Universal Pictures is going to reboot its iconic collection of classic movie monsters for the big screen, and there's really only one person who should direct the new version of Frankenstein.
That person is Guillermo del Toro, who has dreamed for years of doing his own take on Mary Shelley's landmark sci-fi/horror tale, which he says is his favorite novel of all time. And with Universal officially announcing that it is going to relaunch the tale of Victor Frankenstein and his creature -- along with Dracula, the Wolf Man, the Mummy, the Creature from the Black Lagoon and the Invisible Man in a shared universe -- it seems that del Toro's name should be at the top of the studio's wish list.
Fortunately, that seems to be the case. Del Toro told Collider that even before the new CMU (Classic Monsters Universe) was unveiled, Universal chairperson Donna Langley had approached him about getting Frankenstein into the lab and powering it up.
So why hasn't del Toro done so yet? Because he's "chickens--t":
“I would love to. I mean, look, I would love to do Frankenstein and Bride (of Frankenstein), or Frankenstein for sure, but it really, Frankenstein has been -- I’ve been really, really, afraid. Donna has approached me a few times to start it now and I’m always like, you know, it’s like the dream project so I’m a little, I’m a chickens**t, you know? When I do it, I need to do it. Like, if I do Frankenstein, I literally would stop everything, and I’m going to a sabbatical of three years, just to write that. It’s not something that’s gonna just flow, like second nature. It’s my favorite book in history (laughs)."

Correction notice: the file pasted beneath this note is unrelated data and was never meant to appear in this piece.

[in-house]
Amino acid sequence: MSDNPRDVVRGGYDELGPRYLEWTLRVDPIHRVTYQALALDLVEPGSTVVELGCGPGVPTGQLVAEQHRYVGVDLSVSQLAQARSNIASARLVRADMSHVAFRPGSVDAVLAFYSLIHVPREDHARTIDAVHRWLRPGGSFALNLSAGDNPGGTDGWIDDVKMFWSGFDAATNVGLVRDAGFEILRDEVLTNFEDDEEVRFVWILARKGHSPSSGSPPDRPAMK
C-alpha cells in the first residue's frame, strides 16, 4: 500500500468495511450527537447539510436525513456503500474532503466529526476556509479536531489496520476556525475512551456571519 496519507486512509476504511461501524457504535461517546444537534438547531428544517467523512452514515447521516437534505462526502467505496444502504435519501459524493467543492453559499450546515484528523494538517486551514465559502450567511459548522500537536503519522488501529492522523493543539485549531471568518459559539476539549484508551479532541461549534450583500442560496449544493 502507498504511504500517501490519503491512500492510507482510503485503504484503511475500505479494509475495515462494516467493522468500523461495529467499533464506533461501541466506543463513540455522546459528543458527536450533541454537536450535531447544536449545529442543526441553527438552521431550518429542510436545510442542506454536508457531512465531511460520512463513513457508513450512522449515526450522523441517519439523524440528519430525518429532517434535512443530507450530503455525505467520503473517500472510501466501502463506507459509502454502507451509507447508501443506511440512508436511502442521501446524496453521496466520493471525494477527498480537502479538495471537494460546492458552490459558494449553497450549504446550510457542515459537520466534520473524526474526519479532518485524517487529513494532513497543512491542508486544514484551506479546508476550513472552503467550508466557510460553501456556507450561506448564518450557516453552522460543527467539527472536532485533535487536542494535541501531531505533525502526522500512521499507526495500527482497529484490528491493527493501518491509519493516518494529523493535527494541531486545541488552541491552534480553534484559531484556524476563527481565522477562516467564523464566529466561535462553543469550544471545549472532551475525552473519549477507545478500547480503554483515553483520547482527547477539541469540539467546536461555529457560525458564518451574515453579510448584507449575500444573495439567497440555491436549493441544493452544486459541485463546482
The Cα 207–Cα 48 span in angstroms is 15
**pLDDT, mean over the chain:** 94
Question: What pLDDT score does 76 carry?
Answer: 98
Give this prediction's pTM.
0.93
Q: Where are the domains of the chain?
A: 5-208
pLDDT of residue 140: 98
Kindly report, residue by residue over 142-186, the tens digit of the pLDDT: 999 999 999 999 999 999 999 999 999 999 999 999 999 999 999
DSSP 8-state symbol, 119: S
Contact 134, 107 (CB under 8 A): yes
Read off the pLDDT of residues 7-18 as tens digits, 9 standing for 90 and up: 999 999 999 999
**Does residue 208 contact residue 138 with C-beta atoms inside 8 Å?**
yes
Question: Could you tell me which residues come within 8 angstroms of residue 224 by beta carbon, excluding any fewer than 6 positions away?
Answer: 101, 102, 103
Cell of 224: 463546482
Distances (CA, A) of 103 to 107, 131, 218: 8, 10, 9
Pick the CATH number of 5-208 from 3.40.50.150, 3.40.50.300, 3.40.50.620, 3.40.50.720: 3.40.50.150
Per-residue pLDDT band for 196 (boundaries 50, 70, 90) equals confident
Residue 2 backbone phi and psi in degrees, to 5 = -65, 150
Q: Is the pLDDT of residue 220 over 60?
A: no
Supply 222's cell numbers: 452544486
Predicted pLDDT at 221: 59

Although del Toro may or may not have been aware at the time of the interview of the new, interconnected series of classic monster remakes that Universal is planning, he offered his advice on how such a project should be approached:
“I think that it’s a great universe to develop. I personally think that they should all be period movies. I would love to see Creature from the Black Lagoon in Victorian England with the Victorian exploration, with a balloon and steam riverboats. I would love to see The Hunchback (of Notre Dame), Phantom (of the Opera), you know?”
Now that del Toro has found a home at Universal through Legendary Pictures, via its deal with the larger studio, it seems like a no-brainer to get del Toro involved with the classic monsters at a higher level, possibly comparable to the role Joss Whedon plays at Marvel. The only enemy is time: Del Toro is finishing one film (Crimson Peak), overseeing a TV series (The Strain) and has his next two movies pretty much lined up (an unnamed horror film and Pacific Rim 2).
But the man said it himself: He'd stop everything for a chance at doing Frankenstein. Would you like to see del Toro direct his dream project, and possibly have a creative hand in all of Universal's classic monster reboots?